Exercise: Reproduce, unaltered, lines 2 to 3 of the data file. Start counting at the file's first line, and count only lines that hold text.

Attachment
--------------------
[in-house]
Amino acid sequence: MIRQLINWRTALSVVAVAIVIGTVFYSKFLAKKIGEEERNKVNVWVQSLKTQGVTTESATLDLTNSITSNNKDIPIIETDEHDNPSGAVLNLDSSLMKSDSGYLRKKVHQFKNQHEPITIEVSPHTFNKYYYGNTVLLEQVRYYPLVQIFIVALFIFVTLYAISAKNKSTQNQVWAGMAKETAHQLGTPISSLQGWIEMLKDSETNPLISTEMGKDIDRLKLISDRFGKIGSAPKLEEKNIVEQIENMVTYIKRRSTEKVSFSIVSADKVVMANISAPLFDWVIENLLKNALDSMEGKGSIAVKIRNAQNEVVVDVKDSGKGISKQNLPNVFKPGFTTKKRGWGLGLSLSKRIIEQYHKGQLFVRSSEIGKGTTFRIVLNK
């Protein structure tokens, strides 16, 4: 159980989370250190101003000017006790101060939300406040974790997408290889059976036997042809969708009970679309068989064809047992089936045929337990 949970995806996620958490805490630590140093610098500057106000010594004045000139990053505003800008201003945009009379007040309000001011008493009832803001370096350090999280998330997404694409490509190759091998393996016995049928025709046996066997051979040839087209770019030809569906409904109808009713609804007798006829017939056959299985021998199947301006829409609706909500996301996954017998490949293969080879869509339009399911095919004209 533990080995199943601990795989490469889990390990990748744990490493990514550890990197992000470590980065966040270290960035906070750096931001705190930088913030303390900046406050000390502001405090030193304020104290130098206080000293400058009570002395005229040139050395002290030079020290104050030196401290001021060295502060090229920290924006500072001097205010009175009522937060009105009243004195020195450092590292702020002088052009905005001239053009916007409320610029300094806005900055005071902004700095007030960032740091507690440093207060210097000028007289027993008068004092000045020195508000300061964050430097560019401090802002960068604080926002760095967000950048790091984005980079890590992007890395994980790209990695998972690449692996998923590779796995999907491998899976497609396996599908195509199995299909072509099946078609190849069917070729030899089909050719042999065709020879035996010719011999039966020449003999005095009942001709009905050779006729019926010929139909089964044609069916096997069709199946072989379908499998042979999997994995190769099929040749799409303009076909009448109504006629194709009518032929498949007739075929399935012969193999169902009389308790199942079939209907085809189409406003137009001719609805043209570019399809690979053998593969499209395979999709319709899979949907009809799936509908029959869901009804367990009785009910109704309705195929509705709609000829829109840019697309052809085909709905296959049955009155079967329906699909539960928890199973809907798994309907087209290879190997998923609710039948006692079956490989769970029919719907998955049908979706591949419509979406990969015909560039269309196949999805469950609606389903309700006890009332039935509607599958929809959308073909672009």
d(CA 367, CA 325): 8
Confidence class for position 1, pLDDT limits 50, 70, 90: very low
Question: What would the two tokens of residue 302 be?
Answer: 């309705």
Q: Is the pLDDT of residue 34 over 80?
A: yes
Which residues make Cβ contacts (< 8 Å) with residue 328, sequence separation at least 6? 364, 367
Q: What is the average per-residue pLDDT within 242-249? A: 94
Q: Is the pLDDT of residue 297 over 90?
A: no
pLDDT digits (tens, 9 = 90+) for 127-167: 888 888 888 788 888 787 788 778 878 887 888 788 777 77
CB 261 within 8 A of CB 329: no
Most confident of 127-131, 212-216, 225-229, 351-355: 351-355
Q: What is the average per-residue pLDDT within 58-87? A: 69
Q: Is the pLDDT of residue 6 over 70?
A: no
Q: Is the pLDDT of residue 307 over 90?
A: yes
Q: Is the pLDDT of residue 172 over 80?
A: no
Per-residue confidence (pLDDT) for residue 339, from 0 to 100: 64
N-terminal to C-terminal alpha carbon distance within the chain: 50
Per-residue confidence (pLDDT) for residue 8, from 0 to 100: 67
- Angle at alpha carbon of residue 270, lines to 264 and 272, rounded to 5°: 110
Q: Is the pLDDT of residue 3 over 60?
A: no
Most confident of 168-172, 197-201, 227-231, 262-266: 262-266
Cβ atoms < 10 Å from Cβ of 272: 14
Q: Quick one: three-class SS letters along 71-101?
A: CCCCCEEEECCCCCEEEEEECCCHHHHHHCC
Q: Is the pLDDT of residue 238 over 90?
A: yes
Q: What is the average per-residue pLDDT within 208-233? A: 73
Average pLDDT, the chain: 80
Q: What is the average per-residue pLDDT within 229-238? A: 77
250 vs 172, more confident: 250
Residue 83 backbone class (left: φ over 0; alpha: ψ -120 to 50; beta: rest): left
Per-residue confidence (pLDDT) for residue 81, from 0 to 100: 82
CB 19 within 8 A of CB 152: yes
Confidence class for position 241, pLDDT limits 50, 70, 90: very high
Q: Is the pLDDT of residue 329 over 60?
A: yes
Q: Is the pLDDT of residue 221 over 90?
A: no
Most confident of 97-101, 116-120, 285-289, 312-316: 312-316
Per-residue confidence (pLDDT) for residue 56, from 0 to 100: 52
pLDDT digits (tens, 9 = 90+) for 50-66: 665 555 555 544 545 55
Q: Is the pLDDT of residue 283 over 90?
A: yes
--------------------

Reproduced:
Amino acid sequence: MIRQLINWRTALSVVAVAIVIGTVFYSKFLAKKIGEEERNKVNVWVQSLKTQGVTTESATLDLTNSITSNNKDIPIIETDEHDNPSGAVLNLDSSLMKSDSGYLRKKVHQFKNQHEPITIEVSPHTFNKYYYGNTVLLEQVRYYPLVQIFIVALFIFVTLYAISAKNKSTQNQVWAGMAKETAHQLGTPISSLQGWIEMLKDSETNPLISTEMGKDIDRLKLISDRFGKIGSAPKLEEKNIVEQIENMVTYIKRRSTEKVSFSIVSADKVVMANISAPLFDWVIENLLKNALDSMEGKGSIAVKIRNAQNEVVVDVKDSGKGISKQNLPNVFKPGFTTKKRGWGLGLSLSKRIIEQYHKGQLFVRSSEIGKGTTFRIVLNK
């Protein structure tokens, strides 16, 4: 159980989370250190101003000017006790101060939300406040974790997408290889059976036997042809969708009970679309068989064809047992089936045929337990 949970995806996620958490805490630590140093610098500057106000010594004045000139990053505003800008201003945009009379007040309000001011008493009832803001370096350090999280998330997404694409490509190759091998393996016995049928025709046996066997051979040839087209770019030809569906409904109808009713609804007798006829017939056959299985021998199947301006829409609706909500996301996954017998490949293969080879869509339009399911095919004209 533990080995199943601990795989490469889990390990990748744990490493990514550890990197992000470590980065966040270290960035906070750096931001705190930088913030303390900046406050000390502001405090030193304020104290130098206080000293400058009570002395005229040139050395002290030079020290104050030196401290001021060295502060090229920290924006500072001097205010009175009522937060009105009243004195020195450092590292702020002088052009905005001239053009916007409320610029300094806005900055005071902004700095007030960032740091507690440093207060210097000028007289027993008068004092000045020195508000300061964050430097560019401090802002960068604080926002760095967000950048790091984005980079890590992007890395994980790209990695998972690449692996998923590779796995999907491998899976497609396996599908195509199995299909072509099946078609190849069917070729030899089909050719042999065709020879035996010719011999039966020449003999005095009942001709009905050779006729019926010929139909089964044609069916096997069709199946072989379908499998042979999997994995190769099929040749799409303009076909009448109504006629194709009518032929498949007739075929399935012969193999169902009389308790199942079939209907085809189409406003137009001719609805043209570019399809690979053998593969499209395979999709319709899979949907009809799936509908029959869901009804367990009785009910109704309705195929509705709609000829829109840019697309052809085909709905296959049955009155079967329906699909539960928890199973809907798994309907087209290879190997998923609710039948006692079956490989769970029919719907998955049908979706591949419509979406990969015909560039269309196949999805469950609606389903309700006890009332039935509607599958929809959308073909672009």